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Slow day on Warraq Island - Daily News Egypt

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Slow day on Warraq Island

Initial indicators show “high” participation in Cairo, Giza Alexandria, Assiut, Qalyubia, Aswan, and North Sinai

As Egyptians began on Monday to cast their votes in a presidential election that is almost certain to result in favour of sitting president Abdel Fattah Al-Sisi against his little-known rival Moussa Mostafa Moussa, most residents of Giza’s Warraq Island have decided to withdraw from the scene altogether.

Initial indicators show “high” participation in Cairo, Giza Alexandria, Assiut, Qalyubia, Aswan, and North Sinai, according to the National Electoral Commission (NEC). However, Warraq has a special situation, as in July last year, a critical crisis unfolded between the government and its residents, who feared being forced off their island.

“The main reason pushing people to reject voting is the unsolved issue concerning the ownership of lands of the island,” said Ahmed Ibraheem, 47, to Daily News Egypt  on Tuesday, adding that in the past presidential election, locals headed to polling stations despite a lack of basic utilities such as sewage treatment networks, with hope that the situation will change.

The father of four, who works as a contractor, said that he will not vote, noting, “I saw like three or four people at the polling stations,” adding that there are nearly four voting places on the island, but it seems that people decided not to participate in the voting. “There are major projects that are planned to be built on our lands here. This issue hasn’t been solved until now. Nothing changed since the crisis emerged in July last year.”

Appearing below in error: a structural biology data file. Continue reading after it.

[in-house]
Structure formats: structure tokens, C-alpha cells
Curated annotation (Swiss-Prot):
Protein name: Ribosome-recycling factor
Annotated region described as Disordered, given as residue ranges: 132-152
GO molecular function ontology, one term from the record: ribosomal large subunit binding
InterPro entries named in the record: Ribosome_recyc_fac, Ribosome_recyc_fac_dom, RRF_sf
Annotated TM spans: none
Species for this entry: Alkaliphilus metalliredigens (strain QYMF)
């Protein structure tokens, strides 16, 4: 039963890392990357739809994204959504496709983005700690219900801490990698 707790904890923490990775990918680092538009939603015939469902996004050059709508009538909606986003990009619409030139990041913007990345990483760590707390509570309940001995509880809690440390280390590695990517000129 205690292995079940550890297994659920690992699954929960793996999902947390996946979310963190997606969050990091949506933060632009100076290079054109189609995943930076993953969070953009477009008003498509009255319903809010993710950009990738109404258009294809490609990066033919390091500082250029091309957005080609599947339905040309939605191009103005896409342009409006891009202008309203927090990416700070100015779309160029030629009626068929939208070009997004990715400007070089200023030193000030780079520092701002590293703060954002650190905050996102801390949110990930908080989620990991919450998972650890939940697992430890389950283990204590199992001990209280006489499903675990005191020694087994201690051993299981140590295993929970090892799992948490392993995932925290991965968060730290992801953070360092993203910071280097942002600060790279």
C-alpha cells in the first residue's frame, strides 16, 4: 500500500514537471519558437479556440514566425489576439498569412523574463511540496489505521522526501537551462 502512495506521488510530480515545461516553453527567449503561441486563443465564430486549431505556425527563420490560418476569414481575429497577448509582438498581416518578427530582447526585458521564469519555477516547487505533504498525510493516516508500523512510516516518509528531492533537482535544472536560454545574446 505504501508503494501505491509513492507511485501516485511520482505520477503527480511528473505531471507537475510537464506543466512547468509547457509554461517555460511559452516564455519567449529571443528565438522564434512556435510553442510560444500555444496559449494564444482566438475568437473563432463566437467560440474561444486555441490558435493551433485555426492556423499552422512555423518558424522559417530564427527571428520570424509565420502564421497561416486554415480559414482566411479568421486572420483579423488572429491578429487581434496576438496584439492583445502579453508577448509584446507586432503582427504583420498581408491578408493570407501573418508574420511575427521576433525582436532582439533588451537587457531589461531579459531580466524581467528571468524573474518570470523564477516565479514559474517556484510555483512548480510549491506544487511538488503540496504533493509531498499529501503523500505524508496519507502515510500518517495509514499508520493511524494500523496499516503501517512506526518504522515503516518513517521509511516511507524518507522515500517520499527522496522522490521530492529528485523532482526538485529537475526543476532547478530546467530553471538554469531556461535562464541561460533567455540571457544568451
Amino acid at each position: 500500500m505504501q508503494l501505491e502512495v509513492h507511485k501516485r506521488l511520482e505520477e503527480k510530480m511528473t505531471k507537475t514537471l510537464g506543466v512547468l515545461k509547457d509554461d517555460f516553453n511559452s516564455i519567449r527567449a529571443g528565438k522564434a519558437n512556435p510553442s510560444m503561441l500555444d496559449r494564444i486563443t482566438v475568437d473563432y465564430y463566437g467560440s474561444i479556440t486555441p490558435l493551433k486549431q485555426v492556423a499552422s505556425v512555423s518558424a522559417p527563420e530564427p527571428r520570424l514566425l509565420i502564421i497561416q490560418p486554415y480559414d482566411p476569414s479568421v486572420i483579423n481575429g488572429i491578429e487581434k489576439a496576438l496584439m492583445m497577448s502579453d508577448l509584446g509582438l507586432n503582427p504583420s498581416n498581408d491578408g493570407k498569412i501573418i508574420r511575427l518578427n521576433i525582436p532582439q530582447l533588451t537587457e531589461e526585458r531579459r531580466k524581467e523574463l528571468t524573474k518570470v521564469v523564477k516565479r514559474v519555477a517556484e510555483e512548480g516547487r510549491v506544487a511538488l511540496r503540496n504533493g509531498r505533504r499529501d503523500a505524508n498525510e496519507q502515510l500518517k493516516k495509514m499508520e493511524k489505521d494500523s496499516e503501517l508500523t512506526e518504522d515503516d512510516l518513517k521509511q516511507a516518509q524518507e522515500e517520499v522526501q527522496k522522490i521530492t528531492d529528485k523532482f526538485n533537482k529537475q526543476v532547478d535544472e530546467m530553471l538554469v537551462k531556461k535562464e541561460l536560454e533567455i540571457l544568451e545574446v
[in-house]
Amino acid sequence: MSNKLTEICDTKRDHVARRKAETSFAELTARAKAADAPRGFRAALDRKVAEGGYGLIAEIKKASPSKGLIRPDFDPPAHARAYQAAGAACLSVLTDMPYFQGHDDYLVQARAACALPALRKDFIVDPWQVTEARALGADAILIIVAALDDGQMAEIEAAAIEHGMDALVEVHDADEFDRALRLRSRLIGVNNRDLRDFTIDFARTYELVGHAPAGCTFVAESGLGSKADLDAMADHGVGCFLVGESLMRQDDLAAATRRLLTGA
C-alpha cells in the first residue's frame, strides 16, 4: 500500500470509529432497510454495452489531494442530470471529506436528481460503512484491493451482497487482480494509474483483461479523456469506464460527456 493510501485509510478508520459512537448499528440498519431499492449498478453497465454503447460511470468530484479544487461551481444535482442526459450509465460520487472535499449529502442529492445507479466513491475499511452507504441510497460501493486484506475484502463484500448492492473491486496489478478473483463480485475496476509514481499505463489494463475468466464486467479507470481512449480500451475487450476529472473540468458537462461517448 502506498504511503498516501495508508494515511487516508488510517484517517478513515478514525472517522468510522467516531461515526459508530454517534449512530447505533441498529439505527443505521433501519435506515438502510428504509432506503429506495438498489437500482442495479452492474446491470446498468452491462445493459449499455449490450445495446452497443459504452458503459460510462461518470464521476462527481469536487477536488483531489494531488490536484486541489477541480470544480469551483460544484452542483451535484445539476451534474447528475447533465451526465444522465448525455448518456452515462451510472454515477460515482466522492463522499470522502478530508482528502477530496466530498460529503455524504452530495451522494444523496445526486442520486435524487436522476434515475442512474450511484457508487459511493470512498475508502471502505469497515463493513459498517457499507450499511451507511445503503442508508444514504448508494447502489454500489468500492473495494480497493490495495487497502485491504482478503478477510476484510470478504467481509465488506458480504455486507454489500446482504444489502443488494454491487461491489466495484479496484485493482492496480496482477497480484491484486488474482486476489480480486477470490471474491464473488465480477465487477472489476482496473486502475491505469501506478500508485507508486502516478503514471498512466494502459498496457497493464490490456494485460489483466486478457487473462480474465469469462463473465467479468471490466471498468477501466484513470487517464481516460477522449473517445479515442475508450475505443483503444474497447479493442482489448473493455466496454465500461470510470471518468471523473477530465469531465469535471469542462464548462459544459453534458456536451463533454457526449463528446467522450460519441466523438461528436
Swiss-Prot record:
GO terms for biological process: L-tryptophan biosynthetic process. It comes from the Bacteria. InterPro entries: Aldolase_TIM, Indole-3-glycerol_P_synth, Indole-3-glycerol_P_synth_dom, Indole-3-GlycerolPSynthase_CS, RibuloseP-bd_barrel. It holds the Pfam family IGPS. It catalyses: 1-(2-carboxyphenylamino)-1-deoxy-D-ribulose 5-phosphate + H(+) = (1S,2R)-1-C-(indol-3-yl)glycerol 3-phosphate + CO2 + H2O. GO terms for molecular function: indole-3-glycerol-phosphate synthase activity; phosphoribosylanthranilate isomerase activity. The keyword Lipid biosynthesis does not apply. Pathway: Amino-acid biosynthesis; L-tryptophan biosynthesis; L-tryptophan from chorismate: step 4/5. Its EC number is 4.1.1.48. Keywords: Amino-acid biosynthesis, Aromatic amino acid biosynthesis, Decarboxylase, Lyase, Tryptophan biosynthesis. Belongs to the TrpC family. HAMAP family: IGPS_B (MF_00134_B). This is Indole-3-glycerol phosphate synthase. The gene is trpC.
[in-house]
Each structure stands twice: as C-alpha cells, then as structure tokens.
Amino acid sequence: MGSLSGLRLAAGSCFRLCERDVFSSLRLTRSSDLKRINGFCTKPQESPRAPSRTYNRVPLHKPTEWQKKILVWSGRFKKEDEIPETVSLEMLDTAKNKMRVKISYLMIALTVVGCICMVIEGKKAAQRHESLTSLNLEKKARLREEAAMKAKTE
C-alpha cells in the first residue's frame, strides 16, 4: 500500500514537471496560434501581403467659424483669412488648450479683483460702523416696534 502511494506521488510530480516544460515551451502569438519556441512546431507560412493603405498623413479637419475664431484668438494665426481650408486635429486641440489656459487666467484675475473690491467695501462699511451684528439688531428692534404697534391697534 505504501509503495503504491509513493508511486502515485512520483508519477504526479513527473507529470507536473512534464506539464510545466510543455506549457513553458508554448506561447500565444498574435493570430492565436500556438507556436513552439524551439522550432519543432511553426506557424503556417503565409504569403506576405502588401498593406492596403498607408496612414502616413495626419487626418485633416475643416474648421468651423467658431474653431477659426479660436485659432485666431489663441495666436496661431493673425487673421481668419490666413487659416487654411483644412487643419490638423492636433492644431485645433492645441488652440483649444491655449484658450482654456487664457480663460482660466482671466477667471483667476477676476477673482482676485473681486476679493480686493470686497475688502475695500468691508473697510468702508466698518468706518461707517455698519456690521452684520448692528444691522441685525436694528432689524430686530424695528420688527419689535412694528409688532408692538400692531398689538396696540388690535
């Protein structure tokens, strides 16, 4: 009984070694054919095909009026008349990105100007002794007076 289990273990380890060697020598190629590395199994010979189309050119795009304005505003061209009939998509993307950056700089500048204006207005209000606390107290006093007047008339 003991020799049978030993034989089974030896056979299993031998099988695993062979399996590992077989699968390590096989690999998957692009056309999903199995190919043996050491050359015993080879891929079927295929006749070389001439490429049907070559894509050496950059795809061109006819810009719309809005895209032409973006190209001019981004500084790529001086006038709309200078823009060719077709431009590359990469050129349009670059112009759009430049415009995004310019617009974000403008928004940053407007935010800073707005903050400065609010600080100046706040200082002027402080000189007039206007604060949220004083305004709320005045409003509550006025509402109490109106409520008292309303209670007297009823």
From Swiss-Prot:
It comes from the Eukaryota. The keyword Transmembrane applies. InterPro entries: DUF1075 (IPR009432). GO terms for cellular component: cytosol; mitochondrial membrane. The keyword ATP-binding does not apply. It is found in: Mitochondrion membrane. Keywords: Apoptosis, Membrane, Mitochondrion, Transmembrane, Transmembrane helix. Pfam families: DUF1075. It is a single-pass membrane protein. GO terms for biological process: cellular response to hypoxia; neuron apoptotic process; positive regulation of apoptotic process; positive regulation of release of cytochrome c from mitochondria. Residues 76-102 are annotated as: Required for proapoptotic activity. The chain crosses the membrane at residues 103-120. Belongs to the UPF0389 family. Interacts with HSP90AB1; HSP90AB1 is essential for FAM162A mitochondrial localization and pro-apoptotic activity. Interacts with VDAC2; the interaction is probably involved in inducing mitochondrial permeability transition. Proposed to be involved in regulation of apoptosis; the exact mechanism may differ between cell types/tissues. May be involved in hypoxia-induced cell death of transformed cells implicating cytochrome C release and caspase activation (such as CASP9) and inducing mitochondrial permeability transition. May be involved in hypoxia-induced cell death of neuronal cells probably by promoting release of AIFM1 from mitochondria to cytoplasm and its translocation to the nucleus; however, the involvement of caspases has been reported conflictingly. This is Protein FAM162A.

More than 90,000 people live on the island, working in agriculture, fishing, and various crafts. They complain of lacking a sewage treatment network and polluted drinking water. Tensions broke out last year when military and police forces tried to clear unpermitted buildings on the island, while locals continued to insist that they inherited it decades ago.

Moustafa Abdel Fattah, an accountant and father of four, 48, will participate in voting, although he said he knows that his vote will not change a certain victory for Al-Sisi. “We know that he will win the election, but I don’t want to be negative person,” he said.

Abdel Fattah, who works almost all day, from the afternoon until dawn, said that Al-Sisi implemented economic measures that “crush” poor Egyptians. “Nearly 80% of Egyptians are poor, get paid per month or day. They are the category most impacted by the economic reforms,” he said, adding that he does not oppose reforms. “Al- Sisi made some good decisions, but he could have waited four or five years, without putting pressure on people who can’t afford the soaring prices,” he said.

Photos of people voting, reportedly captured on the island, circulated online, but Islam Magdy, a 19-year-old student, pointed out, “there is no election on the island.” He added that the turnout was very low compared to the presidential election in 2014. “Each person has his reason, if they want to vote or not, but the participation is very limited, as few people went to polling stations,” he said. Magdy said that his father is going to vote. “So will my mother and sister but I won’t,” he said.

His father, Magdy, stressed that he will vote because his participation is critical due to current circumstances the country is passing through. Abdel Radi, 43 will head to his polling station on Tuesday. “I will take my wife and children to cast our votes, just after finishing work,” he said. He noted that he does not know the total participation, but he saw photos circulated on social media featuring people casting their ballots. He noted, “I met few people (six or seven) coming from outside the island to vote at their polling stations.”

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